André Nusselder (respondent) is a philosopher. Last year he finished his PhD thesis at the Erasmus University Rotterdam, in which he investigated the role of fantasy in the virtual worlds created by new media technologies: Interface-Fantasy. Weary of academic commentary and conformism, he is now trying to develop different ways to write on philosophical issues.
Open Search (speaker), by Erik Borra and Koen Martens, is a peer-to-peer project whereby people mutually form a search engine without the intervention of central servers or a central actor. The motivation for this project is the censorship and manipulation by major multinational corporations (Google, Yahoo, Microsoft). Koen Martens is a programmer, hacker, organiser, and the treasurer of GroenLinks The Hague section. Erik Borra graduated in artificial intelligence and is now involved in the Digital Methods Initiative. The Open Search project is scheduled to be launched in 2008.
Richard Rogers (speaker) is Head of New Media at the University of Amsterdam, and director of the Govcom.org Foundation, a group that develops info-political devices for the web. Previously, Rogers worked as Senior Advisor to Infodrome, the Dutch Governmental Information Society initiative. He has also worked as Research Fellow in Design and Media at the Jan van Eyck Academie, and as a Researcher in Technology Assessment at the Science Center Berlin (WZB) and in Strategic Computing in the Public Sector at Harvard University (JFK School).
Florian Schneider (speaker, moderator) is a filmmaker based in Munich. He has been involved in a wide range of projects dealing with the implications of post-modern border regimes on a theoretical as well as a practical level. He is one of the initiators of the campaign kein mensch ist illegal at Documenta X in 1997 and subsequent projects such as the ‘no border network’ and the online-platform kein.org. He is a member of the PhD programme in research architecture at Goldsmiths College, London, and teaches theory at the art academy in Trondheim.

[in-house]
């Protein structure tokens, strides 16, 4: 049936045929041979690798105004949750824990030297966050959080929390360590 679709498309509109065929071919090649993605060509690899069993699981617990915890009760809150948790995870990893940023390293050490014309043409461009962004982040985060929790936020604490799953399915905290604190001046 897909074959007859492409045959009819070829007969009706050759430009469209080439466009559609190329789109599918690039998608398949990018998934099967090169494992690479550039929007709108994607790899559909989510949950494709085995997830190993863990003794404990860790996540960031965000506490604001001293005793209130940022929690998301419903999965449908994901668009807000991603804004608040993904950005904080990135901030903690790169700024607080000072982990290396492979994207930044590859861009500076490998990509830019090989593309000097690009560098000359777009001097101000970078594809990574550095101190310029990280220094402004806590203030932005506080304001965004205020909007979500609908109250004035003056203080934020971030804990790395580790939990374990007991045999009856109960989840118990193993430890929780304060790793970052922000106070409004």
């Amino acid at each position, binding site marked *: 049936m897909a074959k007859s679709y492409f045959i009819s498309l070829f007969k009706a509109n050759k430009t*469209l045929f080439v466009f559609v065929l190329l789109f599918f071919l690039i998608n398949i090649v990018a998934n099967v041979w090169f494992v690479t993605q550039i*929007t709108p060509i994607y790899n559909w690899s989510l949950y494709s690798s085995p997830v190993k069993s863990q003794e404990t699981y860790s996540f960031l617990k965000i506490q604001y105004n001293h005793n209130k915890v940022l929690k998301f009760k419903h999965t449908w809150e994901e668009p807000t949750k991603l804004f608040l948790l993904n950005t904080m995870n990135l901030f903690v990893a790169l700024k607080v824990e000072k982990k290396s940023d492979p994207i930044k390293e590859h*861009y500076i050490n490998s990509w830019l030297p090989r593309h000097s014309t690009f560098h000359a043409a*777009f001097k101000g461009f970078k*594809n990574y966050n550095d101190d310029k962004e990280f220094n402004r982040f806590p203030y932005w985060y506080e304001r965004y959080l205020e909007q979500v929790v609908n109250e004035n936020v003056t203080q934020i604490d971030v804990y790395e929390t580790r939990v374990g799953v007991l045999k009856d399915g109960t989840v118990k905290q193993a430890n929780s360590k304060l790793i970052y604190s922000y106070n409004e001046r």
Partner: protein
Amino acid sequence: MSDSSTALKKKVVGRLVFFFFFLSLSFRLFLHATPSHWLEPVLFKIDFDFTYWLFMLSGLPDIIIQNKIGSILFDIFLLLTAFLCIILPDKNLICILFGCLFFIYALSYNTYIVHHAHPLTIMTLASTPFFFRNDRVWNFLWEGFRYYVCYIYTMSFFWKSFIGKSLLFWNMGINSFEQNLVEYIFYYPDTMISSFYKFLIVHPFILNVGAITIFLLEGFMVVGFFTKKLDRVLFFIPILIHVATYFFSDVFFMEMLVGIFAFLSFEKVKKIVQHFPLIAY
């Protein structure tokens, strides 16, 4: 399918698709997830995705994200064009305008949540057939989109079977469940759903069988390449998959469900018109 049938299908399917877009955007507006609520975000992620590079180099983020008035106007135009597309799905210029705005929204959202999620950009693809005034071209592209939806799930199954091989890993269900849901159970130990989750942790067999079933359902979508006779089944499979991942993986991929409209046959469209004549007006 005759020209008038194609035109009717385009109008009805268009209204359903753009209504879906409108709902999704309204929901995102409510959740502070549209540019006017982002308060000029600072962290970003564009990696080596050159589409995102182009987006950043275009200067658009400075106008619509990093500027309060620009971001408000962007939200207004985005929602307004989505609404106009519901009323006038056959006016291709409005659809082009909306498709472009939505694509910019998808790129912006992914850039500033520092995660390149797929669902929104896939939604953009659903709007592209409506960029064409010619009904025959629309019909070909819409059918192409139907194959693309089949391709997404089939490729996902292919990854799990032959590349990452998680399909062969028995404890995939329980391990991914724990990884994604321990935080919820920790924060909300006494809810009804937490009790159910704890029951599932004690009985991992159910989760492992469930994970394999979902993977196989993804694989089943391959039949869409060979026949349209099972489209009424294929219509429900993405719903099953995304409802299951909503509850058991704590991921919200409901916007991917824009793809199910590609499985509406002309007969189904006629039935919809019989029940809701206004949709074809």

Isabelle Stengers (respondent) teaches philosophy at the Université Libre de Bruxelles. Her interests centre around the constructive adventure of modern sciences and the crucial challenge of what she calls an ‘ecology of practices’, as a condition for embedding our many diverging scientific practices in a democratic and demanding environment. She has written numerous books, among which, translated in English, Order out of Chaos, with Ilya Prigogine and Power and Invention. Situating Science, and The Invention of Modern Science.
Ingmar Weber (speaker) is a postdoc in information retrieval at the Ecole Polytechnique Fédérale de Lausanne in Switzerland. His PhD thesis at the Max-Planck Institute for Computer Science in Germany deals with efficient data structures for and applications of a more interactive search engine called CompleteSearch. Ingmar is generally interested in alternative search engines and runs an informal seminar on ‘Cool stuff on the web’.
Michael Zimmer (speaker) is the Microsoft Fellow at the Information Society Project at Yale Law School for 2007-2008. His PhD The Quest for the Perfect Search Engine: Values, Technical Design, and the Flow of Personal Information in Spheres of Mobility, investigates how the quest for the ‘perfect search engine’ empowers the widespread capture of personal information flows across the Internet, threatening the ability to engage in online social, cultural and intellectual activities free from oversight, thereby bearing on the values of privacy, autonomy, and liberty.